• King fought against terrorists
  • King was a human being, with flaws
Learn about the People Who Made King’s Work Possible, and Lessons we Can Learn From Them
My most recent article on Education Week Teacher tells the story of the Septima Clark and Bernice Robinson, whose work became the backbone of the Civil Rights Movement.

Some Amazing Questions: Follow up on Black Friday Lesson

I had great conversations that carried into today after the Black Friday lesson I did with them yesterday. We spent the second half of today using the Right Question Institute’s Question Formulation Technique to move further with deeper inquiry into the issues raised by this lesson and to help us answer our essential questions for the unit: How democratic is the US? & Does my vote count?

My students came up with some incredible questions, which means I’m feeling pretty overwhelmed with even beginning to think about how to move forward.  I’m leaning towards letting them make that decision (democratically) tomorrow.  Here are their questions, which I’ve categorized.

Questions about Democracy

  • How democratic does the government consider itself?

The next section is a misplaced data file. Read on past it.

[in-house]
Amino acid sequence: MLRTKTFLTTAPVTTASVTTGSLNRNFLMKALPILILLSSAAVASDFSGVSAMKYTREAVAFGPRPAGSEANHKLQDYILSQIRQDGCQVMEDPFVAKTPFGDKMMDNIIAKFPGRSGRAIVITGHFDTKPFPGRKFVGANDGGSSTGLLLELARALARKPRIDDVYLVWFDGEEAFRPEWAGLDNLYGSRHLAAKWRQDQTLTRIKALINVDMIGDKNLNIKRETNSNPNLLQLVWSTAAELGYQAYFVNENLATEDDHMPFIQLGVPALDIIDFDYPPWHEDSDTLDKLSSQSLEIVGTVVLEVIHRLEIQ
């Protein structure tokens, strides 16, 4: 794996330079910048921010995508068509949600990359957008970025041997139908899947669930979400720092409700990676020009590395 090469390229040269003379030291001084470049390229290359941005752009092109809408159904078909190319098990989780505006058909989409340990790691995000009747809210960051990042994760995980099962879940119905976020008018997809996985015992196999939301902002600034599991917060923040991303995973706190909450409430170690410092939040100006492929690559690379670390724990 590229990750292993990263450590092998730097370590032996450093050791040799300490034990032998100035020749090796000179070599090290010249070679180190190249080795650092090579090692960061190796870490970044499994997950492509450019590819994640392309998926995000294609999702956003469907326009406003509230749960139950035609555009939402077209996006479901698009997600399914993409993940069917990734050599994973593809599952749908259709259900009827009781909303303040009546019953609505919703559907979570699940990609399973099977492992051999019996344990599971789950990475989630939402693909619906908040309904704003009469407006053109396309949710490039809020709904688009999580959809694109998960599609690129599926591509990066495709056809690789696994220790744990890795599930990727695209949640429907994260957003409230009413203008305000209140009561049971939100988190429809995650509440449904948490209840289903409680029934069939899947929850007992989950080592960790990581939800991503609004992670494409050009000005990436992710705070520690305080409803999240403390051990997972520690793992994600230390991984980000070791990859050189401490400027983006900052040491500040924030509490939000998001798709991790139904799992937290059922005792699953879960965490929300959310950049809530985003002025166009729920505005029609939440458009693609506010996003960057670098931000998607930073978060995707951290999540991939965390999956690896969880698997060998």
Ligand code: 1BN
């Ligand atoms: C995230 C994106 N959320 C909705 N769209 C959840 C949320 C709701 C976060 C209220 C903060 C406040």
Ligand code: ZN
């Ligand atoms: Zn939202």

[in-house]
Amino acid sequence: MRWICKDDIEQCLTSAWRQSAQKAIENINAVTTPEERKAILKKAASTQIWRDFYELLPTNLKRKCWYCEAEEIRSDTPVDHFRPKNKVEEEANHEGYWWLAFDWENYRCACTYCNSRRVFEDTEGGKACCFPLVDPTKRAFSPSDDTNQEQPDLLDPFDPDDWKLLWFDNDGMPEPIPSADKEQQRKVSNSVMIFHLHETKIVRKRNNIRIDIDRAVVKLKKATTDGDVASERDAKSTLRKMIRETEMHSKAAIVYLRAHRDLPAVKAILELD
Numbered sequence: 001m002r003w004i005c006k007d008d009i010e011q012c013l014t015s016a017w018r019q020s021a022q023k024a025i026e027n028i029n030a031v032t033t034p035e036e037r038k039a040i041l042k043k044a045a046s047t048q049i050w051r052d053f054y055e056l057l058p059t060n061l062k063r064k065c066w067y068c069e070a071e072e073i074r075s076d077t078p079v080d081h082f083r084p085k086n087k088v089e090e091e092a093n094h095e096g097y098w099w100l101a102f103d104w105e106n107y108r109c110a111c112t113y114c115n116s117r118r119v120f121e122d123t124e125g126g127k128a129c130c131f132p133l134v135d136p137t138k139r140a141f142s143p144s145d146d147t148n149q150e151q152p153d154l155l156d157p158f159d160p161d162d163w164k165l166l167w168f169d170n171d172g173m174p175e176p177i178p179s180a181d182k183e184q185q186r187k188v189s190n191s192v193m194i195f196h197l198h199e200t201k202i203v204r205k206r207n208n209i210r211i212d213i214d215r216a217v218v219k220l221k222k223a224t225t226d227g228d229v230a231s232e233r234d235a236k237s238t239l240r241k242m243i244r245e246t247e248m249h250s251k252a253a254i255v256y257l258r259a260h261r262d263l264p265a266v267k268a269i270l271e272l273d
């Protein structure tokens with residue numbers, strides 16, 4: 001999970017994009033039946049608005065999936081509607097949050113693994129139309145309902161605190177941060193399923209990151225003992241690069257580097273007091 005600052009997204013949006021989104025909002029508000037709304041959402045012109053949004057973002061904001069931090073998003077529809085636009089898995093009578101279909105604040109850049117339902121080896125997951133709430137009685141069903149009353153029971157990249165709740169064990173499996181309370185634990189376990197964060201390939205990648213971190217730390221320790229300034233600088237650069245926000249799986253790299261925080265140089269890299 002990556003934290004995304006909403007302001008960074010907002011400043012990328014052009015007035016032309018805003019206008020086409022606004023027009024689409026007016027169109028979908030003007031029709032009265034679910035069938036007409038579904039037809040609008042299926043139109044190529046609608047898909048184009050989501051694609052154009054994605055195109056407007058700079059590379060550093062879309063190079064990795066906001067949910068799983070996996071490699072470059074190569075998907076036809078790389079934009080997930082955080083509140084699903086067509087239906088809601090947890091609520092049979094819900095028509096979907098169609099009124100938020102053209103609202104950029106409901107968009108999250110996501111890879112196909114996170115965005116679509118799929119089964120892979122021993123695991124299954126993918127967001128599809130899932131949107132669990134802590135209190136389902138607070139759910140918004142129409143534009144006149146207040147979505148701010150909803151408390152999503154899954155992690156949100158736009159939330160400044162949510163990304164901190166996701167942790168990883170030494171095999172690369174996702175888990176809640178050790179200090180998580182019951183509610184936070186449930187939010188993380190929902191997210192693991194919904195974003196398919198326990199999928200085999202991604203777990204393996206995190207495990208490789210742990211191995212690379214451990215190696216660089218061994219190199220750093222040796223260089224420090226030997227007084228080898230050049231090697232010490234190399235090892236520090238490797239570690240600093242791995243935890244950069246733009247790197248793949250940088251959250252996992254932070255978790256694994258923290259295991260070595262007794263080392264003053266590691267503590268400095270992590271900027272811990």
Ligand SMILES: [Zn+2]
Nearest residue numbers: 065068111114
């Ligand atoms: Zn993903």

• What makes something democratic?
  • Is democratic being liberal or conservative?
  • If we have democracy do we have to be socialists?
  • What makes the US democratic?
  • If our government is capitalist, how can we expect the government to be democratically successful?
  • Can the US be democratic without a capitalistic system?

Questions about Voting

  • Why would a democracy want an electoral college?
  • How much of the 99% votes?
  • Can my vote get canceled out?
  • Are certain votes rules out?
  • What happens when we can’t decide with votes?
  • What limitations do voters face?
  • Should the US give workers a voice?
  • Do only rich people’s votes count?
  • Who is in charge of making votes count?
  • Whose vote really counts?
  • Does the rich vote count more?
  • Does age matter when talking about voting?
  • How does capitalism play into voting?
  • What are the demographics of voters?
  • How does the voting system work?
  • Does the youth vote actually count?
  • Do you think at the age of 18 you are capable of making decisions that can effect the US?
  • Why would the people that usually don’t vote be motivated to vote?
  • Do you think when our generation votes our type of government will change?

Questions about how the Government Works

  • Where is the government when these events happen?
  • How is the government run through parties?
  • Is the country more liberal or conservative?
  • Who declares if the country is Republican or Democratic?
  • Should a state be labeled Democratic or Republican?
  • How can a president change his political views during his presidency?
  • How does the democratic government work in the US?